It marks the government’s plans to develop a new fast-track visa route for the best and brightest scientists to continue to move to the UK after Brexit.
During the visit, Mr Johnson was shown the new MAST Upgrade fusion experiment, which is researching a compact design for future fusion power stations, as well as the Materials Research Facility to see its research into materials for nuclear reactors.
Fusion research aims to copy the process which powers the Sun for a new large-scale source of clean energy on Earth.
Researchers at Culham are developing a type of fusion reactor known as a ‘tokamak’ – a magnetic chamber in which plasma is heated and controlled.
The research is focused on preparing for the international tokamak experiment (ITER), being built in southern France.
Due to start up in 2025, ITER is designed to show that fusion can work on the scale of a power plant and if successful, should lead to electricity from fusion being on the grid by 2050.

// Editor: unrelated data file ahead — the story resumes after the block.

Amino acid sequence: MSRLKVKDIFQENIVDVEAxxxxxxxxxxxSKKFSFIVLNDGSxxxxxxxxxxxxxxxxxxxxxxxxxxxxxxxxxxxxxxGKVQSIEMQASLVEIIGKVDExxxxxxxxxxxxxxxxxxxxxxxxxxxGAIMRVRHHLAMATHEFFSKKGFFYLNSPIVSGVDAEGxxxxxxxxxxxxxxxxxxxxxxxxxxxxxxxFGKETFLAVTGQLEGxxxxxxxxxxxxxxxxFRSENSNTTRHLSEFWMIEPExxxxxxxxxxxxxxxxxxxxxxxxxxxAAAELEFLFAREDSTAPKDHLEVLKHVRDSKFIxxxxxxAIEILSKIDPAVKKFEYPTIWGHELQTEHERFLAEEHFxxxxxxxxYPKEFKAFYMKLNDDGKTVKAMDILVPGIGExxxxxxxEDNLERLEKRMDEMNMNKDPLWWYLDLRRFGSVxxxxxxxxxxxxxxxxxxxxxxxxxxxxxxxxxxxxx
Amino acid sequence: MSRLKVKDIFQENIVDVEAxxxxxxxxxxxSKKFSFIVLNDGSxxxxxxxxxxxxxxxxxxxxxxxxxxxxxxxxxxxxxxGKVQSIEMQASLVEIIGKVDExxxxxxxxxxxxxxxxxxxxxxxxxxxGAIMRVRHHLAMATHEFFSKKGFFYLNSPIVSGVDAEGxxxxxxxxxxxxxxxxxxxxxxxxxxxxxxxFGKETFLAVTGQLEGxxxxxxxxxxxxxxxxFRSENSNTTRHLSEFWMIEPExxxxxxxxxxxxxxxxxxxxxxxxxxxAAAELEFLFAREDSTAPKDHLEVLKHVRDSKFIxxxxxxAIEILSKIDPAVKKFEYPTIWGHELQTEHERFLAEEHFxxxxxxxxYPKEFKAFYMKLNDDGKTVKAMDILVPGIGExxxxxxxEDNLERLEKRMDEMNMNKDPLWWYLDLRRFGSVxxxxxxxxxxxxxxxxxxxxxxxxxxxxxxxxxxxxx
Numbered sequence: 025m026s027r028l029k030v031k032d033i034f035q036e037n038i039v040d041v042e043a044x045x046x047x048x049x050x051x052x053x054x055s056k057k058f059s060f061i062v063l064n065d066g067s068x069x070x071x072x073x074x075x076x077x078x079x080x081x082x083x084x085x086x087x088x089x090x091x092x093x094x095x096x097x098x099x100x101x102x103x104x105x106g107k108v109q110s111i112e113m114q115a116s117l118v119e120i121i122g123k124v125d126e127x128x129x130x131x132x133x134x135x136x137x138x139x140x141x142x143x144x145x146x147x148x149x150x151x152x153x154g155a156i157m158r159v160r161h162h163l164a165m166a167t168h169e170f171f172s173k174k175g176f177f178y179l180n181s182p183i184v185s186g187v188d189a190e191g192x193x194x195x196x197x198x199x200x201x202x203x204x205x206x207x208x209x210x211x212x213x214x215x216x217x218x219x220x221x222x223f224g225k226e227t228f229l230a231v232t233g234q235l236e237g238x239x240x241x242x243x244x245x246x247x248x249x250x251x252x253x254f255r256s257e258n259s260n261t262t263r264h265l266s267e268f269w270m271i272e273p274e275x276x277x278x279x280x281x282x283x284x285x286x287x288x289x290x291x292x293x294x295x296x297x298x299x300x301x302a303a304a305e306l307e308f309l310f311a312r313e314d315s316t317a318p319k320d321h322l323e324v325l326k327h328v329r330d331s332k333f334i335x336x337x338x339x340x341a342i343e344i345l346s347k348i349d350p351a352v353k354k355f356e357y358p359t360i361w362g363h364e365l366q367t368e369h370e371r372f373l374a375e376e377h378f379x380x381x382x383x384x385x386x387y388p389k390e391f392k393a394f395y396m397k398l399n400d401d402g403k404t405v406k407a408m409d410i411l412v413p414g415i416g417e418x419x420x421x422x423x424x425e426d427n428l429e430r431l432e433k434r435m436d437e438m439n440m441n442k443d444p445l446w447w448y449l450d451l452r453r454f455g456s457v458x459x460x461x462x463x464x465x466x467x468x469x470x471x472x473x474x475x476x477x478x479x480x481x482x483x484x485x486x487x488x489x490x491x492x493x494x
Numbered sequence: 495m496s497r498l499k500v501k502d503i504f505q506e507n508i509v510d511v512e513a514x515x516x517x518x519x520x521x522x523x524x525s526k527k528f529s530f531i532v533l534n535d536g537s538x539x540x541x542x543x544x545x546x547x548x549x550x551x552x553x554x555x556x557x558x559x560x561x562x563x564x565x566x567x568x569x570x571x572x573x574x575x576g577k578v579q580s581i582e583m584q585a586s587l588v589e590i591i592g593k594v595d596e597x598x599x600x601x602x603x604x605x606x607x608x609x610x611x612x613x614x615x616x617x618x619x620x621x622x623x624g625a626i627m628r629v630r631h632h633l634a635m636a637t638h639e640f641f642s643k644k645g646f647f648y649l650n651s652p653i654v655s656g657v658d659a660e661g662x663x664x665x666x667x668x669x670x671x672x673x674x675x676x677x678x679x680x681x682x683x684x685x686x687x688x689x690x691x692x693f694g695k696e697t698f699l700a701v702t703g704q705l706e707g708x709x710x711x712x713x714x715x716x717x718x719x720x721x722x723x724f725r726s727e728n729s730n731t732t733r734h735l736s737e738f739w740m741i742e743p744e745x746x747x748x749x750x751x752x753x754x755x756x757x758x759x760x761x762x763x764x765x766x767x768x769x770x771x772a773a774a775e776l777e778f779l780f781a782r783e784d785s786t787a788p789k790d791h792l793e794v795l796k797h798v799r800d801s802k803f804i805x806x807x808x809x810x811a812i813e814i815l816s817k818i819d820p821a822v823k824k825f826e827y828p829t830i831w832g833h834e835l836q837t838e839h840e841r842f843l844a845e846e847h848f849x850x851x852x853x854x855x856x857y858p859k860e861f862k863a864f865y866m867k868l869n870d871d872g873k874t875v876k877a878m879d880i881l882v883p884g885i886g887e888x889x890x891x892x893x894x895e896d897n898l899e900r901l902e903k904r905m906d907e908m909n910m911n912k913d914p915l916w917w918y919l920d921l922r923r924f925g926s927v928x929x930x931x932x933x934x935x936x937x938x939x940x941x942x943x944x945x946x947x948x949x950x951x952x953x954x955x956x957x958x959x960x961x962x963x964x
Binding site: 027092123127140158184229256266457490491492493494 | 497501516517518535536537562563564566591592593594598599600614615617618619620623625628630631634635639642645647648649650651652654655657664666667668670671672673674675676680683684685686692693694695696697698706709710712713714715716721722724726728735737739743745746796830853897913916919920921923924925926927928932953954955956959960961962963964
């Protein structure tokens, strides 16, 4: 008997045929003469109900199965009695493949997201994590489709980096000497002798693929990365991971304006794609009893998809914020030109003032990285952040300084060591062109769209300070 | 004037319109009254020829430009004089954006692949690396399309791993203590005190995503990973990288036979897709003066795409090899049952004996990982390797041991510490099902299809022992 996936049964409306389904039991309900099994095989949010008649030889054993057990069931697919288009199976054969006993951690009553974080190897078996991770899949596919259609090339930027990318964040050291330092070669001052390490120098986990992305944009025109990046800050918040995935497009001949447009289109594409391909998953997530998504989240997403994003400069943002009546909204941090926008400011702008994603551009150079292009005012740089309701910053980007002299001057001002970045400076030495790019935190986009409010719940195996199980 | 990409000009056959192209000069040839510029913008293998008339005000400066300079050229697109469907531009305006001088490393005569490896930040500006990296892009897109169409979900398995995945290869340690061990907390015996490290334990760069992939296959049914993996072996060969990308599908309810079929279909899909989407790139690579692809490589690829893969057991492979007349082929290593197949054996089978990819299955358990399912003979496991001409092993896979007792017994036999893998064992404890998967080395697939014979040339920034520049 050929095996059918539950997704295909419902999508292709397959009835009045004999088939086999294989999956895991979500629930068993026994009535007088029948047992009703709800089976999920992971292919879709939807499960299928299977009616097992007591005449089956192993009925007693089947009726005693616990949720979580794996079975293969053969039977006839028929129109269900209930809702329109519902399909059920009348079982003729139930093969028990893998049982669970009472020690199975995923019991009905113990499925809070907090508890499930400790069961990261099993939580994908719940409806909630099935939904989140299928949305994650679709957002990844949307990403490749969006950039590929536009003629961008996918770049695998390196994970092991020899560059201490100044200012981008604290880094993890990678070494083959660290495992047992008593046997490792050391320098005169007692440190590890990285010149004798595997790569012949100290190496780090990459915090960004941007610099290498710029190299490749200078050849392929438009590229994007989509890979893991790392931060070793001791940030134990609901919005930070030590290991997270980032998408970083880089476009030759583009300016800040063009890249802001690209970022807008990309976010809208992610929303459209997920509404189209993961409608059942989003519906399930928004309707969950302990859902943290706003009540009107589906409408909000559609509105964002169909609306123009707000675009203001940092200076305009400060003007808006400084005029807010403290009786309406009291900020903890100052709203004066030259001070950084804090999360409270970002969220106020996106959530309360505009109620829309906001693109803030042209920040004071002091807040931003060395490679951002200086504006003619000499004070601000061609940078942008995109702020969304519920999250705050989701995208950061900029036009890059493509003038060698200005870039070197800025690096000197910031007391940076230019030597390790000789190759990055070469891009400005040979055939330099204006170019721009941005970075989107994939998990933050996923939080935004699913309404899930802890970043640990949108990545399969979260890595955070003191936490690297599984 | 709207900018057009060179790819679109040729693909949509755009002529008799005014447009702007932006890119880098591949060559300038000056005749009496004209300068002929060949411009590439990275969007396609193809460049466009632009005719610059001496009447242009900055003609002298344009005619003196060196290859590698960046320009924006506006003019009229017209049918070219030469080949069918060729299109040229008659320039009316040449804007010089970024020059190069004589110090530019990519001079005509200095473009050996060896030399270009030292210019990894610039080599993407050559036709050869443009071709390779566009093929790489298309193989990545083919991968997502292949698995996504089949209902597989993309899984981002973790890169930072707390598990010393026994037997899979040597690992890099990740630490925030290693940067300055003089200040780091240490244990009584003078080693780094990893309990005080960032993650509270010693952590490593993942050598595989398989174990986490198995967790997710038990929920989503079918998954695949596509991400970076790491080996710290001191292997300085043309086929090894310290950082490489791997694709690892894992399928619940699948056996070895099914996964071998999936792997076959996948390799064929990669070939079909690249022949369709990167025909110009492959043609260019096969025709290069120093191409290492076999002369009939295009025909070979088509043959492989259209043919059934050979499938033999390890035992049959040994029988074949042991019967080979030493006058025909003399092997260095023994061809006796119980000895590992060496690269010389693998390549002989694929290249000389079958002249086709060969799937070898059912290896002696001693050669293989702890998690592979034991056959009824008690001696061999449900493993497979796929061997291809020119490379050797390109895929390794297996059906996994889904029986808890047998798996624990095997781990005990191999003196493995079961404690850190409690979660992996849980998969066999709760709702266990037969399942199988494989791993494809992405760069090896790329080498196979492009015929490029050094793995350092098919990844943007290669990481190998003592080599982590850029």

The UK Atomic Energy Authority believes nuclear fusion has huge potential as a long term energy source that is “environmentally responsible and inherently safe, with abundant and widespread fuel resources”.
Mr Johnson said: “It was fantastic to visit Culham Science Centre today and meet the met and women who are helping to invent a sustainable fusion reactor.
“The UK is leading the world in this sector, thanks in significant part to the work of the UK Atomic Energy Authority. I’m confident that with the help of the immigration reforms I have announced today, we will continue to do so for many years to come.”